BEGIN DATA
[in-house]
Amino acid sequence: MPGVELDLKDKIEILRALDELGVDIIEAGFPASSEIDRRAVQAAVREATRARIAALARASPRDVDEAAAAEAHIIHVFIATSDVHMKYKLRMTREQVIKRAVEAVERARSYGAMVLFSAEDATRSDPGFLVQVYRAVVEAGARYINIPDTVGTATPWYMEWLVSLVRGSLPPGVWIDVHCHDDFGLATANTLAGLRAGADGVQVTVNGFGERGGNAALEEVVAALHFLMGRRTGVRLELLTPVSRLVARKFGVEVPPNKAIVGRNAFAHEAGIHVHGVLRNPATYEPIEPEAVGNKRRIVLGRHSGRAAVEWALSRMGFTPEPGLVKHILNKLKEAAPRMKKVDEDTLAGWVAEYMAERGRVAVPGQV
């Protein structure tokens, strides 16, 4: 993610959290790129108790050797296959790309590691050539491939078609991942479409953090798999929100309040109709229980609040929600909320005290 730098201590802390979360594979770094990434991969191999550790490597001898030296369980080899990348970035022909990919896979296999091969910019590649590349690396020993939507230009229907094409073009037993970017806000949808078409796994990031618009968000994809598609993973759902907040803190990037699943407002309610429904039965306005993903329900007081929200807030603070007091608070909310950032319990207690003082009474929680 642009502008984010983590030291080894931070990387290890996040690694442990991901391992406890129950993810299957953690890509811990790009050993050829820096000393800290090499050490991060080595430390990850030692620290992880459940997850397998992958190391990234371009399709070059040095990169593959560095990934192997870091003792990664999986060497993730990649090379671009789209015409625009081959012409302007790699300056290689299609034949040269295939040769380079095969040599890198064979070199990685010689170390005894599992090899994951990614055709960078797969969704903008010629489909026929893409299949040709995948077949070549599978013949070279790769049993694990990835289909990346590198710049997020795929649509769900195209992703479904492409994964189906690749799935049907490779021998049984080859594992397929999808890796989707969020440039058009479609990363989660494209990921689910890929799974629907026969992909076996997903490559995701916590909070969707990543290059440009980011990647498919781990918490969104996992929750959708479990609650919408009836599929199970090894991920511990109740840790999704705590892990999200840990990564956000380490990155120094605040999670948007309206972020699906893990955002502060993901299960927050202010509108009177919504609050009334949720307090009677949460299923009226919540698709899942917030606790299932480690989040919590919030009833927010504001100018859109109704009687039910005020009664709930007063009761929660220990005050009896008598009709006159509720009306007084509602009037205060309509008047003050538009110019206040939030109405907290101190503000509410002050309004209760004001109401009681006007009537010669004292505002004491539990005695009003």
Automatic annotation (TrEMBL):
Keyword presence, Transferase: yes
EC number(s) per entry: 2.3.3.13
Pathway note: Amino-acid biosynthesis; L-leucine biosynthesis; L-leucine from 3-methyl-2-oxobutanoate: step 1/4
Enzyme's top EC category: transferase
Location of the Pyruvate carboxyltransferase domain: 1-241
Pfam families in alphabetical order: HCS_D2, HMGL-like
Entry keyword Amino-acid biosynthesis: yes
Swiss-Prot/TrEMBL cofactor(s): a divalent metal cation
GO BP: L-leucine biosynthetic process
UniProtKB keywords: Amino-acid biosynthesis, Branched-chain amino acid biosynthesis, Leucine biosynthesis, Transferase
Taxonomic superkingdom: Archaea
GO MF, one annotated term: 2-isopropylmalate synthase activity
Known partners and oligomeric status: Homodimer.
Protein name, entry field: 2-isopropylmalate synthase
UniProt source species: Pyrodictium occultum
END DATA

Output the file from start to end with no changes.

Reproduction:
[in-house]
Amino acid sequence: MPGVELDLKDKIEILRALDELGVDIIEAGFPASSEIDRRAVQAAVREATRARIAALARASPRDVDEAAAAEAHIIHVFIATSDVHMKYKLRMTREQVIKRAVEAVERARSYGAMVLFSAEDATRSDPGFLVQVYRAVVEAGARYINIPDTVGTATPWYMEWLVSLVRGSLPPGVWIDVHCHDDFGLATANTLAGLRAGADGVQVTVNGFGERGGNAALEEVVAALHFLMGRRTGVRLELLTPVSRLVARKFGVEVPPNKAIVGRNAFAHEAGIHVHGVLRNPATYEPIEPEAVGNKRRIVLGRHSGRAAVEWALSRMGFTPEPGLVKHILNKLKEAAPRMKKVDEDTLAGWVAEYMAERGRVAVPGQV
């Protein structure tokens, strides 16, 4: 993610959290790129108790050797296959790309590691050539491939078609991942479409953090798999929100309040109709229980609040929600909320005290 730098201590802390979360594979770094990434991969191999550790490597001898030296369980080899990348970035022909990919896979296999091969910019590649590349690396020993939507230009229907094409073009037993970017806000949808078409796994990031618009968000994809598609993973759902907040803190990037699943407002309610429904039965306005993903329900007081929200807030603070007091608070909310950032319990207690003082009474929680 642009502008984010983590030291080894931070990387290890996040690694442990991901391992406890129950993810299957953690890509811990790009050993050829820096000393800290090499050490991060080595430390990850030692620290992880459940997850397998992958190391990234371009399709070059040095990169593959560095990934192997870091003792990664999986060497993730990649090379671009789209015409625009081959012409302007790699300056290689299609034949040269295939040769380079095969040599890198064979070199990685010689170390005894599992090899994951990614055709960078797969969704903008010629489909026929893409299949040709995948077949070549599978013949070279790769049993694990990835289909990346590198710049997020795929649509769900195209992703479904492409994964189906690749799935049907490779021998049984080859594992397929999808890796989707969020440039058009479609990363989660494209990921689910890929799974629907026969992909076996997903490559995701916590909070969707990543290059440009980011990647498919781990918490969104996992929750959708479990609650919408009836599929199970090894991920511990109740840790999704705590892990999200840990990564956000380490990155120094605040999670948007309206972020699906893990955002502060993901299960927050202010509108009177919504609050009334949720307090009677949460299923009226919540698709899942917030606790299932480690989040919590919030009833927010504001100018859109109704009687039910005020009664709930007063009761929660220990005050009896008598009709006159509720009306007084509602009037205060309509008047003050538009110019206040939030109405907290101190503000509410002050309004209760004001109401009681006007009537010669004292505002004491539990005695009003």
Automatic annotation (TrEMBL):
Keyword presence, Transferase: yes
EC number(s) per entry: 2.3.3.13
Pathway note: Amino-acid biosynthesis; L-leucine biosynthesis; L-leucine from 3-methyl-2-oxobutanoate: step 1/4
Enzyme's top EC category: transferase
Location of the Pyruvate carboxyltransferase domain: 1-241
Pfam families in alphabetical order: HCS_D2, HMGL-like
Entry keyword Amino-acid biosynthesis: yes
Swiss-Prot/TrEMBL cofactor(s): a divalent metal cation
GO BP: L-leucine biosynthetic process
UniProtKB keywords: Amino-acid biosynthesis, Branched-chain amino acid biosynthesis, Leucine biosynthesis, Transferase
Taxonomic superkingdom: Archaea
GO MF, one annotated term: 2-isopropylmalate synthase activity
Known partners and oligomeric status: Homodimer.
Protein name, entry field: 2-isopropylmalate synthase
UniProt source species: Pyrodictium occultum